Surprise! item of profound concern to me back when I was contemplating entering the Church was the note of dire warning in the collective voice of Protestantism. No daughter was ever more seriously cautioned against rash elopement – he’s not serious about you, he’ll mistreat you, he’ll get tired of you, he’ll leave you, you’ll come crawling home, you’ll rue the day…. The gloom-and-doom prognostication is enough to give any would-be convert grave pause; after all, conversion is a serious step, and anyone who undertakes it lightly has no real comprehension of the potential eternal consequences. I was worried, especially since I was bringing children into the Church with me. What if the warnings proved true?

Next Easter will mark our 10th anniversary as Catholics, and after nearly 10 years I think I can speak with some authority on this subject. Did the Protestant misgivings hold water? Let’s examine them one by one – you might be surprised:

Protestants warned that by submitting myself to the teaching of the Church I would make of myself an intellectual slave.

Surprisingly, since proclaiming that “I believe and profess all that the holy Catholic Church teaches, believes and proclaims to be revealed by God,” I have been freed to ponder and explore doctrine like never before, securely tethered to “the pillar and foundation of the truth” (1 Tim 3:15).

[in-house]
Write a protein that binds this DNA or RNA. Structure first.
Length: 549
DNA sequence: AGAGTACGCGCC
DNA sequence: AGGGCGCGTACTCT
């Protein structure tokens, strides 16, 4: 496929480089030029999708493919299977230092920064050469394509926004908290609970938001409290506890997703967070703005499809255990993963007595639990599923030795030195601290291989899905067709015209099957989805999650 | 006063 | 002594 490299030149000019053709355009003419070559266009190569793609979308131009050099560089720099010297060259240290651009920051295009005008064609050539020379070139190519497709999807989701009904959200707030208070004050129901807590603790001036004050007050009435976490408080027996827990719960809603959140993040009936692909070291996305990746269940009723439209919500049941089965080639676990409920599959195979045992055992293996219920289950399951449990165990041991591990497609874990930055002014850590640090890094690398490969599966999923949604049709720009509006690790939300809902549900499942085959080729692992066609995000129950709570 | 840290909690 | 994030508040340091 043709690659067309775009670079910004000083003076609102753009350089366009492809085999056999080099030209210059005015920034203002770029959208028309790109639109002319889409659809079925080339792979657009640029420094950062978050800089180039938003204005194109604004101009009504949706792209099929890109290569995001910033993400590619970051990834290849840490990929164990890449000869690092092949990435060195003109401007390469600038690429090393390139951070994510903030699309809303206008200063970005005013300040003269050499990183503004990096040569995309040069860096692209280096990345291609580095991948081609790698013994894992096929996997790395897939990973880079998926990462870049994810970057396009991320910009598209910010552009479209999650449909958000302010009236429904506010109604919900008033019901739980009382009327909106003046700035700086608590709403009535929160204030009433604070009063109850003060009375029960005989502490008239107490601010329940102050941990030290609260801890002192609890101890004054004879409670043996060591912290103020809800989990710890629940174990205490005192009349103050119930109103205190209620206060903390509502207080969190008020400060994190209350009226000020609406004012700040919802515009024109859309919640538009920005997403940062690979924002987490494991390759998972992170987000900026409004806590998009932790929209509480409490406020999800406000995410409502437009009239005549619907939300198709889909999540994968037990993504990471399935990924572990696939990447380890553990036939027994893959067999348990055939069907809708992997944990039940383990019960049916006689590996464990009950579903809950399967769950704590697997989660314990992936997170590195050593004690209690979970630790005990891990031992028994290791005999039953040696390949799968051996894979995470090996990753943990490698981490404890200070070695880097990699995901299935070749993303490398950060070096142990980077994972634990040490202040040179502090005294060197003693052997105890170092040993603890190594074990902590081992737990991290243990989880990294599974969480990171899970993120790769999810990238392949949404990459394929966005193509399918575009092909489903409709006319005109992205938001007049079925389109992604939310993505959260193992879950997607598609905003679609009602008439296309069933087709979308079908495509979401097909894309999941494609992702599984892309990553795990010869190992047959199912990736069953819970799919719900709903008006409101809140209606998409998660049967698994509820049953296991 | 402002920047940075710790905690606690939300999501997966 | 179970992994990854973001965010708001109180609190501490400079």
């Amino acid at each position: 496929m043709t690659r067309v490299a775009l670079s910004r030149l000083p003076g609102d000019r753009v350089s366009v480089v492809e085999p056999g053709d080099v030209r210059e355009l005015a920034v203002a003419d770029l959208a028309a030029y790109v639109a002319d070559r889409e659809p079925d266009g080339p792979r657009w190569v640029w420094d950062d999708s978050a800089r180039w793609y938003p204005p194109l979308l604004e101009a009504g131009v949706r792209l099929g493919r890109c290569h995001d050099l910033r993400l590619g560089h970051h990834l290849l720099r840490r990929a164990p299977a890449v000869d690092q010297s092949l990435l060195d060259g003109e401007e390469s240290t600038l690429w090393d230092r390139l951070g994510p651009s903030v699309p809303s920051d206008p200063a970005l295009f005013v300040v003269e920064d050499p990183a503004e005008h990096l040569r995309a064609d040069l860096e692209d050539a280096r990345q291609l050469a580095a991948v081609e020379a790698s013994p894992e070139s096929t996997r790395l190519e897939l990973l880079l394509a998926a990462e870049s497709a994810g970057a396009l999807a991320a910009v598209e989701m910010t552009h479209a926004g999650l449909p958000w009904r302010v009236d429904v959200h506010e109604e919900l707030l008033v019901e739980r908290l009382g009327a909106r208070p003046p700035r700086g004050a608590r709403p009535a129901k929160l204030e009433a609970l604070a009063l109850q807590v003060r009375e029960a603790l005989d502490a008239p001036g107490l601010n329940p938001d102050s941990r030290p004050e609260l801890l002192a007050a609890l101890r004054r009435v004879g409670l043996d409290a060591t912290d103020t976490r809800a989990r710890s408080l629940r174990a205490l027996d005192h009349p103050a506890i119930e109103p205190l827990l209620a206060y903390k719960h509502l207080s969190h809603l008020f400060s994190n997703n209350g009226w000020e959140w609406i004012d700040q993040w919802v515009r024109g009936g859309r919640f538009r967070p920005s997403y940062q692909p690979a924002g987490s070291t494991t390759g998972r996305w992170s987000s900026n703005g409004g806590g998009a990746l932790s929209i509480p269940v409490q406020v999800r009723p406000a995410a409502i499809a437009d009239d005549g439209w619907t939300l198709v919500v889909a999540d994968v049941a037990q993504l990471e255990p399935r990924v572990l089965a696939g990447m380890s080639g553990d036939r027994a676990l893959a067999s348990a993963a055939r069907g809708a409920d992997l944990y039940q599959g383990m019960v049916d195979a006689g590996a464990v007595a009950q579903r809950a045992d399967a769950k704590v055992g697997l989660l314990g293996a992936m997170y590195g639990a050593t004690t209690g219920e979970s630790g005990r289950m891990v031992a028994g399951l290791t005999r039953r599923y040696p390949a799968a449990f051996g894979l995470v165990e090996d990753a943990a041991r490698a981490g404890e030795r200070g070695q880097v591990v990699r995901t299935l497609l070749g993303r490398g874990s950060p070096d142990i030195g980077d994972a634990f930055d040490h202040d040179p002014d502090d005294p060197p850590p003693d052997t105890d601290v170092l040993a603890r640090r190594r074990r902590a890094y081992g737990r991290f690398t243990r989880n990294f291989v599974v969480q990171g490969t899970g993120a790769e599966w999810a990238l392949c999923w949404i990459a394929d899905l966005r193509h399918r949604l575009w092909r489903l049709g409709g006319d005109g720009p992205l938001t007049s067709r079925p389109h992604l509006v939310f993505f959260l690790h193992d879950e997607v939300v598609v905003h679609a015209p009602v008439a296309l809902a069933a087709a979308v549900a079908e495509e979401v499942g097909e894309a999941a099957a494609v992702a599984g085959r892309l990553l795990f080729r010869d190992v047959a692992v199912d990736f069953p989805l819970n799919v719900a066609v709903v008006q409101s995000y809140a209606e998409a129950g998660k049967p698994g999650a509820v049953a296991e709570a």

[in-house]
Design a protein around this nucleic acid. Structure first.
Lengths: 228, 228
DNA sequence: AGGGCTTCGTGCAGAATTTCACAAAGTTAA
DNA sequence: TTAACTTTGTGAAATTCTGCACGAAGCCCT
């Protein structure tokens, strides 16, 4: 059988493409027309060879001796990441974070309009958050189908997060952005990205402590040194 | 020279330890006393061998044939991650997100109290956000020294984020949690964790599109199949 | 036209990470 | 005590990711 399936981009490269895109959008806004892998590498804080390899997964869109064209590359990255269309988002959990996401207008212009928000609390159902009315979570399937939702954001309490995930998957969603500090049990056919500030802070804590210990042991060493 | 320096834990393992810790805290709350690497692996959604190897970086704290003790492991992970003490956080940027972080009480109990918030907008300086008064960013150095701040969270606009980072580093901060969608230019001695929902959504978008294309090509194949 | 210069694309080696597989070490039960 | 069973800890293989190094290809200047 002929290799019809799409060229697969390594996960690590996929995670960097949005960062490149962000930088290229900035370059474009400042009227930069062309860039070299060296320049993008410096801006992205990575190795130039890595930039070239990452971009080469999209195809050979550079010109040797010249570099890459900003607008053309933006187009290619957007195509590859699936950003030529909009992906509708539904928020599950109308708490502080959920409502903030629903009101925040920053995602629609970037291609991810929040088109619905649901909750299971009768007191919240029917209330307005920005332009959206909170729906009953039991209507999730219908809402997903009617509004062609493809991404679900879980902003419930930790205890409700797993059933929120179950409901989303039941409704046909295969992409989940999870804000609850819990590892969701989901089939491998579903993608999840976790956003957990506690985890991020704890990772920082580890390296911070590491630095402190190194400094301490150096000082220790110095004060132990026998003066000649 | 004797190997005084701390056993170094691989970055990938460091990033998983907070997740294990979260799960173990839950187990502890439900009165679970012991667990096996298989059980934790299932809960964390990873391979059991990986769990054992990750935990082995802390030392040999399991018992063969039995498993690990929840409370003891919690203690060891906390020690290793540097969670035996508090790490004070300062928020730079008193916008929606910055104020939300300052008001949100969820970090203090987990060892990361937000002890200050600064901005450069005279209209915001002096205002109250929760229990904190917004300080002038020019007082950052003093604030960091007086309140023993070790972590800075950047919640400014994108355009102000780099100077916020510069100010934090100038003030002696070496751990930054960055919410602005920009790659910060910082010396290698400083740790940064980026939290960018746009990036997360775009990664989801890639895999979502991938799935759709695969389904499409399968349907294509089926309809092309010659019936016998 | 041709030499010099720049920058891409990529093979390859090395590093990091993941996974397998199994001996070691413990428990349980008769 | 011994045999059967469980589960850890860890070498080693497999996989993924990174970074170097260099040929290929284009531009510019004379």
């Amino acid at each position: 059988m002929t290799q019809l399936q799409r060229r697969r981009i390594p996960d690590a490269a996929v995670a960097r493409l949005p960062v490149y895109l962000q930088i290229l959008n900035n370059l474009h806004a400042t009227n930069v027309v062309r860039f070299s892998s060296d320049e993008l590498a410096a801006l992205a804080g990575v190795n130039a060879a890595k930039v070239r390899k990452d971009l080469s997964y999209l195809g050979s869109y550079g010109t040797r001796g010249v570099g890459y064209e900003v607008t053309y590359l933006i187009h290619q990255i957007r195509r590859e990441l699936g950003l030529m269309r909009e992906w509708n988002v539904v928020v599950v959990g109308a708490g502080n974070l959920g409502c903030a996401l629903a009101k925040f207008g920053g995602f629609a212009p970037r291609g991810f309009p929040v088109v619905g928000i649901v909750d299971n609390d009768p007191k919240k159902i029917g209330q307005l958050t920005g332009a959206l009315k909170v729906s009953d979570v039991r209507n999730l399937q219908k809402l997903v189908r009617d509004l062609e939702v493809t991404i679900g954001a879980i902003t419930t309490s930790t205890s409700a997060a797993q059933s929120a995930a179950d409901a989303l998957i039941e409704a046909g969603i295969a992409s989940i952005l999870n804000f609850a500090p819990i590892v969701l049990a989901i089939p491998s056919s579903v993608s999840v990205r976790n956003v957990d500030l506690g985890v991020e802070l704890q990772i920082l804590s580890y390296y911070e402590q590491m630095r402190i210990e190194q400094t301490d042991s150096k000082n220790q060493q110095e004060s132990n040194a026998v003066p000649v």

Protestants warned that by using set prayers, I would be putting a chokehold on my devotional life.

Surprisingly, written prayers proved to be the trellis upon which my frail prayer life has grown and borne fruit.

Protestants warned that by participating in the liturgy I would lose any sense of a personal relationship with Christ.

Surprisingly, by participating in the Church’s worship at Mass, my personal relationship with Jesus has been greatly strengthened, as I now have the assistance of the Church teaching me how better to pray and to worship my Lord, and the Real Presence of Jesus in the Eucharist to change me from the inside out.

Protestants warned that when I began striving to obey the commandments of Christ, I would become bound up in works and lose sight of grace.

Surprisingly, in attempting to obey Christ’s command to love God and love my neighbor as the Church teaches us to do, I have been overwhelmed by the necessity of God’s grace to fit me for this otherwise impossible task.

Protestants warned that by embracing a belief system that proclaimed the existence of a ministerial priesthood, I would betray my understanding of the “priesthood of the believer.”